Why I Rarely Rebuild
Jun 20, 2012
I've touched on this topic before, but now want to address it head-on.
Times have changed in the machinery repair business. In the old days, it was common to rebuild alternators, starters, hydraulic motors and other bolt-on components. Today, I can't remember the last time I rebuilt a starter or alternator. I rebuilt a hydraulic motor last year, but it took a lot of talking from the customer to get me to do it.
That's because when I compare the total cost of my labor, plus the repair parts needed to rebuild things, it's often as expensive as a factory rebuilt, or brand new starter, alternator, hydraulic motor, etc. It's tough to do a good rebuild in less than a couple hours. With shop rates pushing $100/hour in many areas, that makes it tough for a mechanic to rebuild things cheaper than simply installing a new unit.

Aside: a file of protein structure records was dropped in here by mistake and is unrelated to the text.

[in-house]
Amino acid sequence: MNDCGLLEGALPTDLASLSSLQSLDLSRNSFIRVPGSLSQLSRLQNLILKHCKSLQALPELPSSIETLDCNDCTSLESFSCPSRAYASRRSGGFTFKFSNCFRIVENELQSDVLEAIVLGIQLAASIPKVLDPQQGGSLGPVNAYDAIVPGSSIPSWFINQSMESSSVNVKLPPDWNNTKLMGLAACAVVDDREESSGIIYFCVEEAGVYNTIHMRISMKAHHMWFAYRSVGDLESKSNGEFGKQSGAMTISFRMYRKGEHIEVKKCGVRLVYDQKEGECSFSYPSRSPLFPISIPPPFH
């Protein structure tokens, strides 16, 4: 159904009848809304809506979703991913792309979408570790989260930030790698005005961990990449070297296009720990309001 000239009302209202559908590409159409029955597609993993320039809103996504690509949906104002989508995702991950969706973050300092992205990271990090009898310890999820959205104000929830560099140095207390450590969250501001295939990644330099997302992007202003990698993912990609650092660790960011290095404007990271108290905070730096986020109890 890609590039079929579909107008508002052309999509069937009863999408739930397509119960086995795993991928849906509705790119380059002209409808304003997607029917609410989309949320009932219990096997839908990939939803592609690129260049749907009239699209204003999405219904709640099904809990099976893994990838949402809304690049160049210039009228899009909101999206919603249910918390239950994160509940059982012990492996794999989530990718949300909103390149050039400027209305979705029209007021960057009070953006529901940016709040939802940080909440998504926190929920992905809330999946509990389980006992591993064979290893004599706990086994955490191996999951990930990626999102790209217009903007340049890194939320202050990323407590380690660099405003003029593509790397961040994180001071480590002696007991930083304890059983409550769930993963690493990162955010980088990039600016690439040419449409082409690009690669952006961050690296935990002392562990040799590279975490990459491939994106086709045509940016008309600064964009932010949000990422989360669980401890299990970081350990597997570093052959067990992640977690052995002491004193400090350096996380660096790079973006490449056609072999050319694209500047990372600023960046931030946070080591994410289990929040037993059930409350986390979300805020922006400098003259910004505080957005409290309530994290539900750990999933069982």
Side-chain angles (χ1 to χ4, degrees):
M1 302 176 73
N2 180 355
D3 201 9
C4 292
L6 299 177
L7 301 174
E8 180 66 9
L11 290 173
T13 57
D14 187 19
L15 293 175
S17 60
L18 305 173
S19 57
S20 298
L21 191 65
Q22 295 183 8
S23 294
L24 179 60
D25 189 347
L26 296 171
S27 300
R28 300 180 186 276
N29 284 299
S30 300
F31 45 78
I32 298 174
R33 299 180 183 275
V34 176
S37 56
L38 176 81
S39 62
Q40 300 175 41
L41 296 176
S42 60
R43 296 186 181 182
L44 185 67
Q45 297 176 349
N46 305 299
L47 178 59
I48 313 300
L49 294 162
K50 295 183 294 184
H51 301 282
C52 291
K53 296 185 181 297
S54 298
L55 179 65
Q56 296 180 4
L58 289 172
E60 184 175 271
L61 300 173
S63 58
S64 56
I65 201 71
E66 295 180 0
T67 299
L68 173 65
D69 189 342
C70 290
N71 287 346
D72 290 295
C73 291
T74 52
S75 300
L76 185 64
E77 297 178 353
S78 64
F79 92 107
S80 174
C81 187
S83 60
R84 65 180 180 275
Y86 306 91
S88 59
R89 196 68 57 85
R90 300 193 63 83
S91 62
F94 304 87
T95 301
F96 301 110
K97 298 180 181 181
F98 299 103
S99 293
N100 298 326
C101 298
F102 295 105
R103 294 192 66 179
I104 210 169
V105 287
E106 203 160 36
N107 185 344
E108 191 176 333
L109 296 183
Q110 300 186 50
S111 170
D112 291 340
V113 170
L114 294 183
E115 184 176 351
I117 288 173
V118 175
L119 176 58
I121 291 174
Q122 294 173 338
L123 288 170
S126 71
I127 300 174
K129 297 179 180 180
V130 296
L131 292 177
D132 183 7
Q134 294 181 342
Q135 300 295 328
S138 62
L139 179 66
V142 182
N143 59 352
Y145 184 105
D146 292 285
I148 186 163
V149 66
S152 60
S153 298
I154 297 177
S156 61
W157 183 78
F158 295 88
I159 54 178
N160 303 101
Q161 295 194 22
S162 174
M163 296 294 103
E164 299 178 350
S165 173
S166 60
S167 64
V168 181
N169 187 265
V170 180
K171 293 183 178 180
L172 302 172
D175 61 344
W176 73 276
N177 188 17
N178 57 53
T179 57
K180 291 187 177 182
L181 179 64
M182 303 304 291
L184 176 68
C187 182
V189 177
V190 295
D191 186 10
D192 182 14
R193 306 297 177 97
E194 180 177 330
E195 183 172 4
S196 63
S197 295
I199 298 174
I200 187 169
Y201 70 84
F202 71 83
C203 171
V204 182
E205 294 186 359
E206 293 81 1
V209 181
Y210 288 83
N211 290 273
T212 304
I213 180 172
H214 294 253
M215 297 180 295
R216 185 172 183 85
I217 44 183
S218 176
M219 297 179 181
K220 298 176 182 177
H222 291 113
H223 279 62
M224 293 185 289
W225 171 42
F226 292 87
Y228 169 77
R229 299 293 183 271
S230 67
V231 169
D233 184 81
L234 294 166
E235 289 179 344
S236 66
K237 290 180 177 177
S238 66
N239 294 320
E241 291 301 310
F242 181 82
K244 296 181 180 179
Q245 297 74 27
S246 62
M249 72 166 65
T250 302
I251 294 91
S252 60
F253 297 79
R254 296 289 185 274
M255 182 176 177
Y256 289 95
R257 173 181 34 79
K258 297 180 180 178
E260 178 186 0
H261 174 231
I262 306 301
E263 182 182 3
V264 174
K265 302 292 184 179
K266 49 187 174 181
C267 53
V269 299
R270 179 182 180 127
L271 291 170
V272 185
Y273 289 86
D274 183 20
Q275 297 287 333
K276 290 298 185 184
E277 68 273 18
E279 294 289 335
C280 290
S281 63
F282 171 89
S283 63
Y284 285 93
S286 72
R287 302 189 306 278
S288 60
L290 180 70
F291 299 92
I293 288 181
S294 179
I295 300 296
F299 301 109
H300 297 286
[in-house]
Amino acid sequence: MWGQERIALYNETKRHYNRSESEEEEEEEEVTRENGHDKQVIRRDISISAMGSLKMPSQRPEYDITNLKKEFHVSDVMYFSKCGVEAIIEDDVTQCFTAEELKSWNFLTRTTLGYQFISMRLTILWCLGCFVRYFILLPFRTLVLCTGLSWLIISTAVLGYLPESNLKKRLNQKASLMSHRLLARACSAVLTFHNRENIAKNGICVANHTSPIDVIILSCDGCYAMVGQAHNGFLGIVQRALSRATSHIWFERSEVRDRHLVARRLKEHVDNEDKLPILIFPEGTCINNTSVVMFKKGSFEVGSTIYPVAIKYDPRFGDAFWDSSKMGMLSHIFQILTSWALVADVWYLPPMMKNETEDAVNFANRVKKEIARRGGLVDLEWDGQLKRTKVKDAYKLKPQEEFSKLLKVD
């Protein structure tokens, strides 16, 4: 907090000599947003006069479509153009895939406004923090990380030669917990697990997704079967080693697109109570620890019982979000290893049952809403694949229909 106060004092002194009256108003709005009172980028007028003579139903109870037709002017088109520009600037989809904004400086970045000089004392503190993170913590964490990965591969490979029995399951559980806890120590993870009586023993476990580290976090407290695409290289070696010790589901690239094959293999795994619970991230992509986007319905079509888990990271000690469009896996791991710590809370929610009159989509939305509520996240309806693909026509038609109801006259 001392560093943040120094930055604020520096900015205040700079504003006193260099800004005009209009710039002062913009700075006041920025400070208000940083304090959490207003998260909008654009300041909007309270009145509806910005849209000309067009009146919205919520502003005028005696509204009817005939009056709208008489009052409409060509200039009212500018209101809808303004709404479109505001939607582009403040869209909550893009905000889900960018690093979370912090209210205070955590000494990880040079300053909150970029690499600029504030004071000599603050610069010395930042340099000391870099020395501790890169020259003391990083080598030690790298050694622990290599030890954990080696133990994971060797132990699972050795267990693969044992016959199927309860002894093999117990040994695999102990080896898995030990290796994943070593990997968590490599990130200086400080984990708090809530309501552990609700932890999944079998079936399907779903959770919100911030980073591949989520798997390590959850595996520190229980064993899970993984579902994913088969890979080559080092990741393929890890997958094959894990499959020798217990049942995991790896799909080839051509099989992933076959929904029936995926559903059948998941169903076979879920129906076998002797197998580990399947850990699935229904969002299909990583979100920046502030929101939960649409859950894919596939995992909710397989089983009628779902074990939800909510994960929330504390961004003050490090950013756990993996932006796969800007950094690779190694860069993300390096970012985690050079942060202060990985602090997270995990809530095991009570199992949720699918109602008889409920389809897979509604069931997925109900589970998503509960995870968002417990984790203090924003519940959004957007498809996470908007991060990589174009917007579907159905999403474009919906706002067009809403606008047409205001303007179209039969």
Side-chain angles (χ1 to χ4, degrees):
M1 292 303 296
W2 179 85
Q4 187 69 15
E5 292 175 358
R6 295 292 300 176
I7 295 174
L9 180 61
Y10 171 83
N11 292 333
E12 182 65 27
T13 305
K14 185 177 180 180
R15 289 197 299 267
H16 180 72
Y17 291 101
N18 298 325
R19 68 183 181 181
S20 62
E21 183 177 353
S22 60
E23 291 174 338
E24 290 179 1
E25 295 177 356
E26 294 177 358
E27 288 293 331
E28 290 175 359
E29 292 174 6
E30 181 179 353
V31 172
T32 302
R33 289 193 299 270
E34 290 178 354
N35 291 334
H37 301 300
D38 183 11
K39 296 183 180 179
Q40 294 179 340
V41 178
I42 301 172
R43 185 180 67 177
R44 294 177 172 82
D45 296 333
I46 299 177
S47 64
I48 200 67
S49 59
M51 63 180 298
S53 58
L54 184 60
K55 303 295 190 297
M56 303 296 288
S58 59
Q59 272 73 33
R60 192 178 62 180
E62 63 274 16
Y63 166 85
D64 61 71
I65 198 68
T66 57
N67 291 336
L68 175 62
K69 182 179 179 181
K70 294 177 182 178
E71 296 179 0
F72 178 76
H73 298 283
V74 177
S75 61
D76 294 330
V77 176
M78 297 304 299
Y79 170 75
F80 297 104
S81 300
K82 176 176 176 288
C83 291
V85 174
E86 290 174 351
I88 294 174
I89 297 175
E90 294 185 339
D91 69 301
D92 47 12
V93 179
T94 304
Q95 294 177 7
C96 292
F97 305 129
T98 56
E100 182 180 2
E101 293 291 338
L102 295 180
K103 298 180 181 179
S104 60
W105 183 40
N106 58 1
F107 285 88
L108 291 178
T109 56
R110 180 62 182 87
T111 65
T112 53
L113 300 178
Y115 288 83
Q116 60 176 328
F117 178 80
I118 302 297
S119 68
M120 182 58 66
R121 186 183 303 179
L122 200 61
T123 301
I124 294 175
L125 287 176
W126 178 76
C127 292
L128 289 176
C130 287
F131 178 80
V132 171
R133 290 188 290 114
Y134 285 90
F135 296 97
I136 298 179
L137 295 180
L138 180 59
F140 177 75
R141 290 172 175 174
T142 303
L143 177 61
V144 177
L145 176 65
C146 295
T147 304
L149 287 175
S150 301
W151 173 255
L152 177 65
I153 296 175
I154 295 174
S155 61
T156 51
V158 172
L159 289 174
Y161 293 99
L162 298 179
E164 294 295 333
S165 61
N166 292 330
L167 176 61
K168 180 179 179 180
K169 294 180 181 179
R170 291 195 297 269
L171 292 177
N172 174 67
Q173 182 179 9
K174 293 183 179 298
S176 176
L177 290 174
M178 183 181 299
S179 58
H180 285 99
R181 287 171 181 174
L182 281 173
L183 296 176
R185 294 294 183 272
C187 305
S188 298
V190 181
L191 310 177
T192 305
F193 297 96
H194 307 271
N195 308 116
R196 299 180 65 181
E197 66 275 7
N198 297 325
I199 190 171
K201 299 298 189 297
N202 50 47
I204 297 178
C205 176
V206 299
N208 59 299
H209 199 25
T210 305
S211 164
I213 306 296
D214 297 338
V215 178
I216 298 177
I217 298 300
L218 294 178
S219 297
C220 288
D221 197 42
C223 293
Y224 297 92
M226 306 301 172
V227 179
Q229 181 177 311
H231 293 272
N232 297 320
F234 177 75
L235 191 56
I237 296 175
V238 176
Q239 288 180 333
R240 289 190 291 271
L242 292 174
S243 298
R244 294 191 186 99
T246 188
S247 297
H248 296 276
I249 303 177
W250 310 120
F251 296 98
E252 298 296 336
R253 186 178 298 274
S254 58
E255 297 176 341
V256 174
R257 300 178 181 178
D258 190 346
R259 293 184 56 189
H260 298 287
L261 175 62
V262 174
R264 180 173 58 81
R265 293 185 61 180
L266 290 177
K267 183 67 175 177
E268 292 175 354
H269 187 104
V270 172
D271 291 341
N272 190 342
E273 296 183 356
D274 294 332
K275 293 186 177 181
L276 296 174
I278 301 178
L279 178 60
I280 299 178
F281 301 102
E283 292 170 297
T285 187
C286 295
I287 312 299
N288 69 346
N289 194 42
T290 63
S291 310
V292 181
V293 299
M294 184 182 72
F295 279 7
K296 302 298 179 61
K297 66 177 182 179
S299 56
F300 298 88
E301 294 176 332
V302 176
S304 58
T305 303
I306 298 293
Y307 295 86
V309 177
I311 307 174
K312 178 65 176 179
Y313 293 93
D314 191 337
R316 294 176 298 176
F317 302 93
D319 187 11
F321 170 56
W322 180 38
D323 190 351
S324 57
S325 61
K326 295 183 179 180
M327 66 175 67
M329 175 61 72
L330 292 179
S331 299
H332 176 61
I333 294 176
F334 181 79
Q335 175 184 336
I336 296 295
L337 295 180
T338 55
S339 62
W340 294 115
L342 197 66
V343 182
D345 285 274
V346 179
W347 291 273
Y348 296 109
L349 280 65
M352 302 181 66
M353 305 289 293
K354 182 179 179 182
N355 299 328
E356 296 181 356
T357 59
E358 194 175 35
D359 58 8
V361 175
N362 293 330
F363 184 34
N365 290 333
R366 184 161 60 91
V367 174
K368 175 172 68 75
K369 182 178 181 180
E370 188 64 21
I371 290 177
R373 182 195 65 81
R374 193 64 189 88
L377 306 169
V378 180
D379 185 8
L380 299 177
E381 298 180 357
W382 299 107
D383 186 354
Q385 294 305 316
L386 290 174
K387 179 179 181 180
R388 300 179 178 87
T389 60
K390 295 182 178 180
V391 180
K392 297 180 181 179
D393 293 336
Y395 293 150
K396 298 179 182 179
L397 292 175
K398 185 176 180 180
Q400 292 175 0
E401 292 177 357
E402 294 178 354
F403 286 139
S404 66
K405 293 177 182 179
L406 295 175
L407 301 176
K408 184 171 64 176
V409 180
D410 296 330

Even if the new unit is several hundred dollars more expensive than rebuilding the failed unit, I consider it a distinct advantage that the new unit has all new parts, and was rebuilt and reassembled to factory specs. If I rebuild it, some of the housings, shafts and other components will be re-used, so there's risk that microscopic wear to those parts will cause the rebuild to have a shorter life than desired.
I'm not against rebuilding. Rebuilding is always an option. A good mechanic should know the pros and cons, the risks and expenses, and be able to give the customer a fair appraisal of whether or not it's better to rebuild or replace. That hydraulic motor I rebuilt last year? It's still running, and the customer saved money by rebuilding instead of replacing. It was his money, his decision, and I'm glad it worked out for him.
So, if your mechanic suggests replacing rather than repairing some component on your farm equipment, don't assume he's trying to gouge you. Talk it over with him. In the long run, spending more money to replace a component might be cheaper than saving a few dollars by having it rebuilt.
Like I said, it's your money, so it's your decision.